Turner’s title includes the word “interim,” as she’s sitting in for departed CEO Anne Noble. There have been a string of errors and investigations in recent years.
In 2017, the ticket-reading app incorrectly misread some winning numbers as losers. The issue persisted for about 36 hours, forcing the product to shut down for a short time.
A few months later, the lottery held a $10 New Years’s Super Draw game with a $1 million prize. Because of human error, 100,000 eligible tickets were not included in the drawing. Almost a third of the 315,000 tickets sold had no chance to win from the start. A second drawing was held, but many players complained that they’d already disposed of their “losing” slips.
More than a year later, the issues are still lingering. Just last month, Michelle Seagull asked for permission to open a “wide-ranging investigation into the operation and management” of the CLC. Seagull is the commissioner of the Department of Consumer Protection, and she cites a “revolving door of cronyism” that includes questionable disciplinary action and a sweetheart separation deal for the former CEO.
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More than a dozen stakeholders submitted verbal and/or written testimony to the committee, coming down squarely on both sides of the issue.
The CLC is the primary proponent, supported by its software provider and other interested iGaming parties. NeoPollard, which operates the Michigan online lottery, provided supporting testimony. Tech companies Scientific Games and IGT also support the measure, as does Sportech, which operates several OTBs.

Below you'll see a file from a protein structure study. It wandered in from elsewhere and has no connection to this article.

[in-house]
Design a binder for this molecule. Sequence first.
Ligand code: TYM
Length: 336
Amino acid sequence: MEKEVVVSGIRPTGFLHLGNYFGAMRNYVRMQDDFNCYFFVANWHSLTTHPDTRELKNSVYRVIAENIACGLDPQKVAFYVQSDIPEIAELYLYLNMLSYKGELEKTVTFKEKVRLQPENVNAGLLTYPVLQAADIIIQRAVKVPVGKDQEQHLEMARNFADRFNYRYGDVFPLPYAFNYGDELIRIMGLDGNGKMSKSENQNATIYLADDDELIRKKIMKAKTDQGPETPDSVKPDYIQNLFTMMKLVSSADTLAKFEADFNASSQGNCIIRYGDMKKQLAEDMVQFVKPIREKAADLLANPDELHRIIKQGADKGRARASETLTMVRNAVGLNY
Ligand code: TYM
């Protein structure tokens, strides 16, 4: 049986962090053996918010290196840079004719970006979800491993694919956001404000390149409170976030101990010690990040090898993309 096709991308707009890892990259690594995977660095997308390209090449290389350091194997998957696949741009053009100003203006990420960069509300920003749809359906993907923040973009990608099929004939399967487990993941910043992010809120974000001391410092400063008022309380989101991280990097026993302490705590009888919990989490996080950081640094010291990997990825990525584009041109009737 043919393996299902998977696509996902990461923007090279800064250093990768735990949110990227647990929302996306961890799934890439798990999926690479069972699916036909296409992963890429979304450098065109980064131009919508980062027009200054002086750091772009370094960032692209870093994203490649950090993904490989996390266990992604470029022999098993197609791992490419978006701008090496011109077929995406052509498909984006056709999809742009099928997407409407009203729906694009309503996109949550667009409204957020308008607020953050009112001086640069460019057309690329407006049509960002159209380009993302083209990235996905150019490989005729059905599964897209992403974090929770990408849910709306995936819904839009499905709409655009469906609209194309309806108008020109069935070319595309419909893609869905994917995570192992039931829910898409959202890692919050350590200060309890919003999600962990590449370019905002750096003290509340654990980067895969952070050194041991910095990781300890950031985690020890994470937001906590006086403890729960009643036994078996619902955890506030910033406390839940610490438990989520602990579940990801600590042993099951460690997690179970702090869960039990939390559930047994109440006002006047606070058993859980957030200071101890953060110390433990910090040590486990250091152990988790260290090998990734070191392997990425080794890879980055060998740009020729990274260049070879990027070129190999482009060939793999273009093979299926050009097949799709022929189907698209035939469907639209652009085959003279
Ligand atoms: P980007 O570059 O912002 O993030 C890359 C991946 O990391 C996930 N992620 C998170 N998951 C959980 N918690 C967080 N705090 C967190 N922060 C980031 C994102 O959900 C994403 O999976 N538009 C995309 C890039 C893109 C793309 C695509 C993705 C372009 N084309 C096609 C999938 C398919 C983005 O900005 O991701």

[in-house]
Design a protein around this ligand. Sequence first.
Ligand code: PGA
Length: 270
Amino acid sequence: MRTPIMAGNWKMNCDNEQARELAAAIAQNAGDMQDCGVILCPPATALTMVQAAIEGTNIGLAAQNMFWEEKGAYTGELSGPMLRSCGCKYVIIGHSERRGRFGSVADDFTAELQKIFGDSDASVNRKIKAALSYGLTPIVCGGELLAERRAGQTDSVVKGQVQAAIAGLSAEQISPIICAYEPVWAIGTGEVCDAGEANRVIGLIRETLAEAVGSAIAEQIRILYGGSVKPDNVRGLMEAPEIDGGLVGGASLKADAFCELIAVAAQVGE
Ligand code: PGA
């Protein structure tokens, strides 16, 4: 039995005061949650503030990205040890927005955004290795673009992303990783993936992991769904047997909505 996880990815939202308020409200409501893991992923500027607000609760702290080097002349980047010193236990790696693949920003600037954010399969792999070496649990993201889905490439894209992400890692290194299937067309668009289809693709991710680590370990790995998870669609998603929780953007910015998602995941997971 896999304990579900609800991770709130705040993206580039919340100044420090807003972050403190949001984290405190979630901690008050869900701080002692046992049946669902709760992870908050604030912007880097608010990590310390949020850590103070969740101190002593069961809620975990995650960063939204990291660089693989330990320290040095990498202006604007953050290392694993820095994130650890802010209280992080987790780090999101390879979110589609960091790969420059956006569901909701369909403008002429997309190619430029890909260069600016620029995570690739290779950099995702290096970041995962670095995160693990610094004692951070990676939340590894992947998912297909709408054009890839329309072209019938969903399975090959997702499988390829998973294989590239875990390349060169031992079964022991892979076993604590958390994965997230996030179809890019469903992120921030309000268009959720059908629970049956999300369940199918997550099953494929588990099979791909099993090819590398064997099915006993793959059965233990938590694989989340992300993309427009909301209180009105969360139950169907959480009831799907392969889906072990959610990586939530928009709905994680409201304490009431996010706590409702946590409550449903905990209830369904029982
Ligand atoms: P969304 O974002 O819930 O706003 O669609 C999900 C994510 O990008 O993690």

Professional sports leagues are agnostic when it comes to lottery, but they did offer their support for the included sports betting provisions. The NBA and Major League Baseball testified in favor, though there are some details they’d like to revisit with lawmakers.
The state’s two gaming tribes also weighed in, and they’re very much on the other side. The Mashantucket Pequot and Mohegan tribes have agreements with the state that prohibit gambling expansion. According to testimony from tribal leaders, that prohibition extends to “sports betting, iGaming, and iLottery.” They oppose the bill.
Retailers also showed up to push back against the claims that iLottery bolsters brick-and-mortar sales. Three separate groups expressed concerns about protecting a key revenue stream for convenience stores, and they each take issue with the suggestion that iLottery is safer than retail sales.
This is from Global Partners:
In-store lottery agents are specifically trained to ensure proper age verification so that the lottery is played safely and securely. Additionally, online lottery will provide adults battling gambling addiction issues the opportunity to play the lottery 24-7 from their phones instead of only when they are in convenience stores. It would be a shame to eliminate some of the current checks and balances that help mitigate gambling addiction issues.
All three groups submitted testimony firmly in opposition to the bill.